Menopause, like puberty, is a period of transition and metamorphosis. It consists of three stages: isolation, melt down, and emergence. Each stage calls forth new energies and new perceptions of ourselves. Each stage has different demands, different tasks, and different needs.
Wise Woman ways, such as simple ceremony, compassionate self-care, and daily use of dooryard plants, can benefit women going through menopause tremendously. Please allow me to share with you some of my favorite herbs for easing hot flashes, sleeplessness, and other distresses of The Change. They’re easy to find; you may already know them as weeds! These plants, and their cautions and contraindications, are described in detail in my book NEW Menopausal Years, The Wise Woman Way. Please refer to it before you decide whether or not to use any of these green allies to aid you during your menopausal years.
Calcium intake during and after menopause must be high to maintain health. But calcium in pills can’t compare to calcium in plants when it comes to maintaining healthy, flexible bones. Bones are made of a dozen minerals besides calcium (potassium, manganese, magnesium, silica, iron, zinc, selenium, boron, phosphorus, sulphur, and chromium), all of which are found in rich supply in the roots and leaves of edible weeds and herbs. Eating weeds is my preferred way of preventing osteoporosis and ensuring freedom from heart disease, depression, headaches, leg cramps, and joint pain.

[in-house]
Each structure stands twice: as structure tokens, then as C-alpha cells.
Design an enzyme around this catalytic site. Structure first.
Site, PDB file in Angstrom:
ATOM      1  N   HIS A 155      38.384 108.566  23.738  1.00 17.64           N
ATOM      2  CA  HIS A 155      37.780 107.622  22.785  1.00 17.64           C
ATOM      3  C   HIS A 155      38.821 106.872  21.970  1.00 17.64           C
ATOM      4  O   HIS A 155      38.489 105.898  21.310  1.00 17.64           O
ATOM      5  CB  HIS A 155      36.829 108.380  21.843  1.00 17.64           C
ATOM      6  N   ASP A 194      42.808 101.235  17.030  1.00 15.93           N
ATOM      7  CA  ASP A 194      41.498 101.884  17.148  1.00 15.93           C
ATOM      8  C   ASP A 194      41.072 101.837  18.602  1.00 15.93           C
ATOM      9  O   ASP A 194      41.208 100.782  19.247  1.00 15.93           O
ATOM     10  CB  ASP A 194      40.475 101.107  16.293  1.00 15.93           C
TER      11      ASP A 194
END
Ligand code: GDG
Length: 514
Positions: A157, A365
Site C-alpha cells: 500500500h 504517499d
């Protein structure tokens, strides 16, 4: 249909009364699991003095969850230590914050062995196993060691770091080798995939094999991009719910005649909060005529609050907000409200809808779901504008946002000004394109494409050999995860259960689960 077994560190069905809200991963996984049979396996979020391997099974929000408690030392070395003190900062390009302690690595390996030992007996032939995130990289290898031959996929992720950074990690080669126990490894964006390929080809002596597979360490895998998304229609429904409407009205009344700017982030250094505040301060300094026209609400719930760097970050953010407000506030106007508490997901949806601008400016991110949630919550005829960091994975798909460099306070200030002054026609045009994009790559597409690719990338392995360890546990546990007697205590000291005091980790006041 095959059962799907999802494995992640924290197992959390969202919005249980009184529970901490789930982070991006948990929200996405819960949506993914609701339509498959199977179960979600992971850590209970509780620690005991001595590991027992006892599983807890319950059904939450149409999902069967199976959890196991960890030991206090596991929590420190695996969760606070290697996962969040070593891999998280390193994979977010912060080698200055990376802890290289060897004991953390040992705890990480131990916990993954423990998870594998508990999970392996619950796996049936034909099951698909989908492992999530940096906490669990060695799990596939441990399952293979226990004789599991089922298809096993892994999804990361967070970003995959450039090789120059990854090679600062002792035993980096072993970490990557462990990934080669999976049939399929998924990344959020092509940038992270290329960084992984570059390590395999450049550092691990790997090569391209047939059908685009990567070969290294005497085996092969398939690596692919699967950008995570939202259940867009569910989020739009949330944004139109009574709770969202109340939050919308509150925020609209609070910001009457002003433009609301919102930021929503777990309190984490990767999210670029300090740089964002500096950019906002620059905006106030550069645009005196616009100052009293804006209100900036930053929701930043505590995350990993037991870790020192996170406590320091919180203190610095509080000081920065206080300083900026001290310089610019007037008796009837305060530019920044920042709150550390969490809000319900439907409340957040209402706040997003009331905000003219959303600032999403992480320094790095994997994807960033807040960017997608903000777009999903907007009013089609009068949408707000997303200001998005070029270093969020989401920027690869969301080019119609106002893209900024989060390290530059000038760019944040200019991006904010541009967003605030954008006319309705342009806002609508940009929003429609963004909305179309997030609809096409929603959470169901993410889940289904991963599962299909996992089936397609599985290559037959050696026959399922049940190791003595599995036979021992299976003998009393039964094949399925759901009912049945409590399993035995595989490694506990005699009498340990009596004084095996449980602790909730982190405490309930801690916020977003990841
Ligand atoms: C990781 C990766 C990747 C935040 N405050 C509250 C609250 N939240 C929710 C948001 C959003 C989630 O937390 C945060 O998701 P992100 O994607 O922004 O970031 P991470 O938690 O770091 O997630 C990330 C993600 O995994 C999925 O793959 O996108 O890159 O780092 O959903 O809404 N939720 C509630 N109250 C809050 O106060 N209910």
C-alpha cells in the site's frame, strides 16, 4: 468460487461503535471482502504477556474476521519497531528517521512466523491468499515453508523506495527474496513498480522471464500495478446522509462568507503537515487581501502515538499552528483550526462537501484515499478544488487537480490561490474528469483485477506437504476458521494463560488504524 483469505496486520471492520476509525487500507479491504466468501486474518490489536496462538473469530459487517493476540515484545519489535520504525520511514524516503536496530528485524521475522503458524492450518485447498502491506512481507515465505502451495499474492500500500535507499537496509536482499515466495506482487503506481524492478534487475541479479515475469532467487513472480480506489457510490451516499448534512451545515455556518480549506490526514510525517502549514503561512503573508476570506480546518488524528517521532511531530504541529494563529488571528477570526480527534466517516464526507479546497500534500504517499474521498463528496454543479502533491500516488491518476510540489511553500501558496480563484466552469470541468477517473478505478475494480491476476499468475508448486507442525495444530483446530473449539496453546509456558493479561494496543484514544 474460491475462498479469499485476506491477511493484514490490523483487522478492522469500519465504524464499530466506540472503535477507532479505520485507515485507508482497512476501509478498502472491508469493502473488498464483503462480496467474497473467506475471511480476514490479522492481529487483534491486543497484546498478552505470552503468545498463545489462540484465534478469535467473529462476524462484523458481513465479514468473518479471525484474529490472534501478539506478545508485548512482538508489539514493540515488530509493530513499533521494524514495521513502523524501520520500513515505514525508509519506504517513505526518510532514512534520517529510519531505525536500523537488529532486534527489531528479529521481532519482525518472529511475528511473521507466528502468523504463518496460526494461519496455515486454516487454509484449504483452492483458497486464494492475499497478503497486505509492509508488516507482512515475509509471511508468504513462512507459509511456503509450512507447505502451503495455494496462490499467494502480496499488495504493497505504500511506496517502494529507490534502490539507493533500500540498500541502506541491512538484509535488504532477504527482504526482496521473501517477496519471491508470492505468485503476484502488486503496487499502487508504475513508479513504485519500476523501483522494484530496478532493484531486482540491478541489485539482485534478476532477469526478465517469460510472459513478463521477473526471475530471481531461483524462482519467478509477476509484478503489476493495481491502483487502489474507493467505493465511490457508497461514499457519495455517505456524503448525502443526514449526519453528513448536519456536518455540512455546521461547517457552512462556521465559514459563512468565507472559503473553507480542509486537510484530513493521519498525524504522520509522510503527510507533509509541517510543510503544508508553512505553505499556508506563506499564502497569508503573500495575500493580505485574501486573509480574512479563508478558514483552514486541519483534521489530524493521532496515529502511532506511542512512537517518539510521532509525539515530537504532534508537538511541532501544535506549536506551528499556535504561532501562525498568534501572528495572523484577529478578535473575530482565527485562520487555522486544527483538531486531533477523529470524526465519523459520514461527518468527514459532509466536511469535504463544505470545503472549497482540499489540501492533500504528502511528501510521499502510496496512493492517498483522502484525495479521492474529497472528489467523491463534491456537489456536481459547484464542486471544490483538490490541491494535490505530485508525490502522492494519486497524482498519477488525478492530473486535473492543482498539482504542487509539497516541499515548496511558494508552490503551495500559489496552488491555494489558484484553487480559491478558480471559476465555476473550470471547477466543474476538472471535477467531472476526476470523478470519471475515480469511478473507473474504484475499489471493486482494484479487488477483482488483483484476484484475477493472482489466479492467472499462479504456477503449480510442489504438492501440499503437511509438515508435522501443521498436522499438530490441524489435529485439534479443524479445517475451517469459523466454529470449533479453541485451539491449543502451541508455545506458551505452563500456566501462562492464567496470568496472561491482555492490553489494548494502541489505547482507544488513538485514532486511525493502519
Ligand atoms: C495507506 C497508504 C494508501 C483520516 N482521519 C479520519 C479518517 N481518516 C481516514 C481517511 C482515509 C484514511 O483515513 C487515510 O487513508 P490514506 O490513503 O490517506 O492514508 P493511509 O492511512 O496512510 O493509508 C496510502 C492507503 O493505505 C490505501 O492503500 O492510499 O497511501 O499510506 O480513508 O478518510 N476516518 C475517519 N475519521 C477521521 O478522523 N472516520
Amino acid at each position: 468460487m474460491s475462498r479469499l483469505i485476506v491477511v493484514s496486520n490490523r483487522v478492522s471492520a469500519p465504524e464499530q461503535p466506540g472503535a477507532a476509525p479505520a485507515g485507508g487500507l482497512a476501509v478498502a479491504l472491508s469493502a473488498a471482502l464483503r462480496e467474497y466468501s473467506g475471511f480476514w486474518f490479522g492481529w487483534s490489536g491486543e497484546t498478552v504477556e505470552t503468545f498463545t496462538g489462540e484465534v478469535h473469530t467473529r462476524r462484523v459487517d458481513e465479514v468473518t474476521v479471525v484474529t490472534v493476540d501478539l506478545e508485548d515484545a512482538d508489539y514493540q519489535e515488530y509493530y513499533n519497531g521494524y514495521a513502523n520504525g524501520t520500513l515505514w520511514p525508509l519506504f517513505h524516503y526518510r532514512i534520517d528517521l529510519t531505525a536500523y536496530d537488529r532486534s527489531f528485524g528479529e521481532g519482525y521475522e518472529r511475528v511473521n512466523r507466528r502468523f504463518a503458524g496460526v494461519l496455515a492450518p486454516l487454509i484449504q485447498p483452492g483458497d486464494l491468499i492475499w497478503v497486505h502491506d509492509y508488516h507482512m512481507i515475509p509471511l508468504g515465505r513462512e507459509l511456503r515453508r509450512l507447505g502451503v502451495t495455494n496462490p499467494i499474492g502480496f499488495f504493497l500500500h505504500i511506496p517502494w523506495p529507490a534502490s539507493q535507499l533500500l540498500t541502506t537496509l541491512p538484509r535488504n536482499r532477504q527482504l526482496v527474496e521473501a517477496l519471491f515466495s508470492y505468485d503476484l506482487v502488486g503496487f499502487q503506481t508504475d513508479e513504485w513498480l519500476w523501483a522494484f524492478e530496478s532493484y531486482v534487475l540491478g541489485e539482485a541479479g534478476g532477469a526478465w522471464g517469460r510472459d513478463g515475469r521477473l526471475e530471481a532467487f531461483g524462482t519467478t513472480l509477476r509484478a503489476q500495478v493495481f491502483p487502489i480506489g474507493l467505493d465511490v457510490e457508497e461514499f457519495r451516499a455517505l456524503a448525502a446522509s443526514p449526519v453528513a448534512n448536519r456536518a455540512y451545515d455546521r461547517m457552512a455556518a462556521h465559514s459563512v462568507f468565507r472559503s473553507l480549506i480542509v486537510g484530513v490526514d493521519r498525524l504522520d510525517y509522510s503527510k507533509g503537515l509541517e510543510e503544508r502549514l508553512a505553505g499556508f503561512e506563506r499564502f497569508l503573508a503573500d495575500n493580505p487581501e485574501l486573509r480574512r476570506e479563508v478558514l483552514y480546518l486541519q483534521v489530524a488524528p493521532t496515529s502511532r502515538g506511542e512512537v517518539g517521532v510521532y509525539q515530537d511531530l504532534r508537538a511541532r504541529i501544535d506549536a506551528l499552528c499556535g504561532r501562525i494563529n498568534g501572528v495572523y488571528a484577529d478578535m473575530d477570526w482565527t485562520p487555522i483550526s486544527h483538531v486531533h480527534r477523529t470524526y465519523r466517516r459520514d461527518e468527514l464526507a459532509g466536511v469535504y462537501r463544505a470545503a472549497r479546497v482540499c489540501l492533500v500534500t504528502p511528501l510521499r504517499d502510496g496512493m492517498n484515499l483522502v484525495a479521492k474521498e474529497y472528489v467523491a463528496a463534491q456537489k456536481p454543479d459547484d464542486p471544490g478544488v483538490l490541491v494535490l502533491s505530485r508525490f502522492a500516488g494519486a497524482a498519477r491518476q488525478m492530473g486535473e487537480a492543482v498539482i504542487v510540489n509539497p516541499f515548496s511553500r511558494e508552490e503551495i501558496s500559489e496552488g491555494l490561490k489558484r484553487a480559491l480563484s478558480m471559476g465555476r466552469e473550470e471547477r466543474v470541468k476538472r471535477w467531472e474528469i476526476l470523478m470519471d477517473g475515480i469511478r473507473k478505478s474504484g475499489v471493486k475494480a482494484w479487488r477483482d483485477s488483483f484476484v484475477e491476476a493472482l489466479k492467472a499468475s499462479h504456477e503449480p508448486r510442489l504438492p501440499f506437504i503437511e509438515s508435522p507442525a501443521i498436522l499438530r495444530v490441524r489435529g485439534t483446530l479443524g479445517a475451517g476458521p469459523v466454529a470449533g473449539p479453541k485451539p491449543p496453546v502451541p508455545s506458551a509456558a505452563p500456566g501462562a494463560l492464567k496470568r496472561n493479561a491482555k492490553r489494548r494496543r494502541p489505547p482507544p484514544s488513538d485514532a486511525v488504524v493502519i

There are scores of calcium/mineral-rich plants to choose from, such as the aromatic leaves of sage, peppermint, lemon balm, bergamot, rosemary, and thyme; the cooked or fresh greens of lamb’s quarters, amaranth, dandelion, chicory, comfrey, stinging nettle, chickweed, parsley, watercress, kale, collards, and cabbage; the flowers of red clover; and the roots of yellow dock, dandelion, chicory, and burdock.
For maximum extraction of mineral richness, I cook with these herbs, drink them as infusions, and steep them in vinegar.